Sunday, September 27, 2009
It has been two weeks since the controversial ending to the US Open semifinal match between Serena Williams and Kim Clijsters that garnered worldwide attention. For many who did not see the moment live, social media provided opportunities to revisit it in visual detail. In the two weeks since the semifinal match, I found over 20 YouTube sites (including this one: http://www.youtube.com/watch?v=EE6Z5Q2tOk4&NR=1) that featured video footage of, or related to, Williams' footfault and her subsequent default. As of September 26, 2009, 3,365,889 views were recorded on those 20 sites alone. Nearly 10,000 viewers left Comments on these YouTube sites while countless others reacted to the news via facebook and Twitter.
I have been intrigued by the overwhelming response to the events that occurred in the semifinal match between Serena Williams and Kim Clijsters. I have been especially interested in examining what this outpouring means in terms of how global racism operates in the year 2009. And I have been saddened to see so much racist vitriol expressed by some viewers of the YouTube links. Using Twitter, I discovered an article on Mashable, a link that measures the activity on social networking sites. According to Fisher (2009), “conversation on Facebook (was) mixed, but a search for ‘Serena Williams’ show(ed) up the majority of comments as being fairly derogatory” (¶ 2). Meanwhile, “a Twitter sentiment analysis tool” revealed that “the negative sentiment (was) overwhelming” (¶ 5). A search on google indicated that “reference to the outburst was already ranking at number 3 on a search for ‘serena williams’ (¶ 6). As to why the “majority of the commentary (was) overwhelmingly negative,” Fisher (2009) suggested that “a look at the discussion on the Serena Williams Facebook page shows that there is plenty of support out there for Serena Williams but it is confined to the space designed for fans” (¶ 7). Fisher further predicted that Serena's reputation was “undoubtedly taking a massive hit... The fact that the video (was) already ranking at number 3 in Google demonstrate(d) the power of social media and the need to build up a loyal online following” (¶ 8).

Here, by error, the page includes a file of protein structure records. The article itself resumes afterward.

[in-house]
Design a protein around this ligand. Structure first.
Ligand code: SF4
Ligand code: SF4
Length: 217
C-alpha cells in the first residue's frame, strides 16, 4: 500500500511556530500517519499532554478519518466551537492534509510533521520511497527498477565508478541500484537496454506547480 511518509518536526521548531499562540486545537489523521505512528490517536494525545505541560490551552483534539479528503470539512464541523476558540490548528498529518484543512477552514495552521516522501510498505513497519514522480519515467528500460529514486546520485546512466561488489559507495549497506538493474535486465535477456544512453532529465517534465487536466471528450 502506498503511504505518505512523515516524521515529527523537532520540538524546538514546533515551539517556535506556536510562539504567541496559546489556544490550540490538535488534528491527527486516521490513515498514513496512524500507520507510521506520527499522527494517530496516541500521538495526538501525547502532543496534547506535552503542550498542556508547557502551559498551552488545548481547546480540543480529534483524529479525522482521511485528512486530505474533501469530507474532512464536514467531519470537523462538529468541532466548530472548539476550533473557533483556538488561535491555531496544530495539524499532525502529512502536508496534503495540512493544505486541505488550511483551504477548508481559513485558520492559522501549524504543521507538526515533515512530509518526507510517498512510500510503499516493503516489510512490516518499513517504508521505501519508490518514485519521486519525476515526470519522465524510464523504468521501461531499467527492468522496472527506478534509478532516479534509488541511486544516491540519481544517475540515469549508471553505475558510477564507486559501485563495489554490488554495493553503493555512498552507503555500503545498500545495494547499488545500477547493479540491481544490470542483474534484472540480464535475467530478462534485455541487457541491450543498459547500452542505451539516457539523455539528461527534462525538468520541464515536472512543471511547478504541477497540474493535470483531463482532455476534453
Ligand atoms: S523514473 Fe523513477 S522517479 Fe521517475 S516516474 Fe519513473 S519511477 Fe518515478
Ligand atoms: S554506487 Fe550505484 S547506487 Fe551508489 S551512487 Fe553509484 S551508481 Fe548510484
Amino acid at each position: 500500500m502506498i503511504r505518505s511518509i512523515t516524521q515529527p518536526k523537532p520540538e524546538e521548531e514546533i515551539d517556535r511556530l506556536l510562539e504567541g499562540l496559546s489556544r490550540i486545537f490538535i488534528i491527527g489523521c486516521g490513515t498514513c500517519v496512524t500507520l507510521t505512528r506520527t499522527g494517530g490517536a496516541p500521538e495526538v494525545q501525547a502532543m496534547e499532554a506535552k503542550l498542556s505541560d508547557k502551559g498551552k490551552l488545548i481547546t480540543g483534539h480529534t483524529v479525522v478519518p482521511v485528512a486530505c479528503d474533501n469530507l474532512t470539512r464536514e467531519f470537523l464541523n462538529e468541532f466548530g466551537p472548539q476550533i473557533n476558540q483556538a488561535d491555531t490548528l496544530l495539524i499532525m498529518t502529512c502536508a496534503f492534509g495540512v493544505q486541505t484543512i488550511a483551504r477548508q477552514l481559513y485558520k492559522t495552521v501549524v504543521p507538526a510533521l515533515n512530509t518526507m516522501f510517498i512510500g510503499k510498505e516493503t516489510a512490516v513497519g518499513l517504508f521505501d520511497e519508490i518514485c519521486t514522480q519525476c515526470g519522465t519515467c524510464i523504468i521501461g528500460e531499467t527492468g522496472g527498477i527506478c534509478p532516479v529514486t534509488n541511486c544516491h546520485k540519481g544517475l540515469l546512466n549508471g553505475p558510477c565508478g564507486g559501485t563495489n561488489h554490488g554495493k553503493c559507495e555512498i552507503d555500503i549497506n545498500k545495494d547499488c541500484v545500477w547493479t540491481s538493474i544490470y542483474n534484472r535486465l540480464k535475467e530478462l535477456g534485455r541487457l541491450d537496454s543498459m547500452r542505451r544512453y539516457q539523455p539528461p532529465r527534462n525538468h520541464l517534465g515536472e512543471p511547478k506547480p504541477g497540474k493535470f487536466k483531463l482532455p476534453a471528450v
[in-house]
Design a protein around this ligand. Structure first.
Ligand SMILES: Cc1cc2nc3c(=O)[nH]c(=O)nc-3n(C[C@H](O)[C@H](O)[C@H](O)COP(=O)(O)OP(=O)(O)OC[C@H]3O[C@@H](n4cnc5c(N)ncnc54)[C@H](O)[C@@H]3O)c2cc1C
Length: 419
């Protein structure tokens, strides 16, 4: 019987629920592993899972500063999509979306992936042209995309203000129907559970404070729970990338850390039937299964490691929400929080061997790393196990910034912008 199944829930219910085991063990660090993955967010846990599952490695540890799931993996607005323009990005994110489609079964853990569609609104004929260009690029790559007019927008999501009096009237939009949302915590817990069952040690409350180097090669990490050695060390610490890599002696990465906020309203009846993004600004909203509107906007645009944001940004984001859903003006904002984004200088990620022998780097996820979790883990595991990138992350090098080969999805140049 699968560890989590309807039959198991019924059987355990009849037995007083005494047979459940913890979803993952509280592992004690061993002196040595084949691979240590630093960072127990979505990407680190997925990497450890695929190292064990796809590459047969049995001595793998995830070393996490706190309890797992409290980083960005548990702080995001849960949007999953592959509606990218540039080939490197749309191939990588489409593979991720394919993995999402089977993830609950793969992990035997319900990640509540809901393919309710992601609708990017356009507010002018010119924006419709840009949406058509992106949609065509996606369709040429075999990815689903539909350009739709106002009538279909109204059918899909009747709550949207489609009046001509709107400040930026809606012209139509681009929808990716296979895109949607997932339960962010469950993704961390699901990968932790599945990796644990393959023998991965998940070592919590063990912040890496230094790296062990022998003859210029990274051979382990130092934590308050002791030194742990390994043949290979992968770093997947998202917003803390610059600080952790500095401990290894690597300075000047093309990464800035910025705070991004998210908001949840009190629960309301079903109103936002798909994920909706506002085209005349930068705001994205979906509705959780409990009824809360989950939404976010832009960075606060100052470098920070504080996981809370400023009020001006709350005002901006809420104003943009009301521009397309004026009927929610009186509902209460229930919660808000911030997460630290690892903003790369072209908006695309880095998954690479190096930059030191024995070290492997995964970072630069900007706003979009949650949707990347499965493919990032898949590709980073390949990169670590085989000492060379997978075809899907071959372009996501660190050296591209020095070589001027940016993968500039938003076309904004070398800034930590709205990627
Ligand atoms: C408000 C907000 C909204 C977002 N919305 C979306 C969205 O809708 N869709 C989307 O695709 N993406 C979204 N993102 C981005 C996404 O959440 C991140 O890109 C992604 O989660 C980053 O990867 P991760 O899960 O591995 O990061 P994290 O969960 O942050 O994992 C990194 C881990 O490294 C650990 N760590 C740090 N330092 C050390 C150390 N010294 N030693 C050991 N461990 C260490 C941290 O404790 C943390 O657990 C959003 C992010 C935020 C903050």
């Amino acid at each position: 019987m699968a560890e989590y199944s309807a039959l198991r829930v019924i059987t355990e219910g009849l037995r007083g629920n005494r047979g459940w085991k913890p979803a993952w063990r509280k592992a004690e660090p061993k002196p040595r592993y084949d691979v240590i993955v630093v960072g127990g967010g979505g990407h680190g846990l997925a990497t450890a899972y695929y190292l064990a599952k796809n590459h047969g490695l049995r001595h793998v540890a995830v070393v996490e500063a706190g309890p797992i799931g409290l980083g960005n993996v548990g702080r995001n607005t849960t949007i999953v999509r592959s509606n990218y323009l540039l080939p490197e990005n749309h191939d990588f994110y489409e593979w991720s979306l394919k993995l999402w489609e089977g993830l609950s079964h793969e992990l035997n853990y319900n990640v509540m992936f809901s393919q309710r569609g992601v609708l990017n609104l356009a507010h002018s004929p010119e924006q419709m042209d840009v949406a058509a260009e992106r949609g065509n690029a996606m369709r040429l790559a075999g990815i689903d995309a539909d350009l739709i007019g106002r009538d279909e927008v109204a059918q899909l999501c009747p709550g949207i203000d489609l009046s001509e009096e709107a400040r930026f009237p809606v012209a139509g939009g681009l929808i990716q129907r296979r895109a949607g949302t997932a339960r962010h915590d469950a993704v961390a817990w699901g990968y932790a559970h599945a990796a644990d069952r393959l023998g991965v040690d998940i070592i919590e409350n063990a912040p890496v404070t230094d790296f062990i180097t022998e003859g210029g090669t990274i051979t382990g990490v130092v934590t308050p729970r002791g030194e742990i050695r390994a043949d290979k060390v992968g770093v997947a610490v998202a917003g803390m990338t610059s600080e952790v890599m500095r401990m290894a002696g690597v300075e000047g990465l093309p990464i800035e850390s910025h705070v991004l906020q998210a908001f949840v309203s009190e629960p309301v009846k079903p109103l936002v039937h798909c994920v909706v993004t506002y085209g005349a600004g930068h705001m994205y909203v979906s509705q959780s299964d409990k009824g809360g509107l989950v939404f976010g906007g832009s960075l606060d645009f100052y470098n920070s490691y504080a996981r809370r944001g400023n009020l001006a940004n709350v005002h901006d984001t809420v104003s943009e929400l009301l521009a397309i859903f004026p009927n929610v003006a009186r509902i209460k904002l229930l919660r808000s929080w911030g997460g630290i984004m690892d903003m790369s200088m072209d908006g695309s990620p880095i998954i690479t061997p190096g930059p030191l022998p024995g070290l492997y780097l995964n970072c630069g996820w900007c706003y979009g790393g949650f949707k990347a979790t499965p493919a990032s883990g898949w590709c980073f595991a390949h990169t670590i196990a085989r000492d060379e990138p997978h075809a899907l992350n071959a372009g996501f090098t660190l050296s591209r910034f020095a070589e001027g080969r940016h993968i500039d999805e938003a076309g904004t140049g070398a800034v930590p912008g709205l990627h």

I have observed loyalty to Serena Williams in several ways: through comments that have been posted on her blog and Twitter sites, and from listening to students discuss the incident in my "Sport & Gender" classes. Yet, I am still disturbed by the racist slurs made by commenters who seem to feel justified in expressing hateful sentiments because of the error in judgment that was made by Serena. This goes beyond "sincere fictions" that Feagin and Vera identified in their work. This seems like a simmering hatred that has been brewing beneath the surface, waiting to be unleashed by an incident like this, that seemingly justifies such hateful rhetoric. This is a new, more blatant, in-your-face racism that is more troubling than ever. In a world where "free speech" is a valued commodity, how can we address this new form of racist hatred?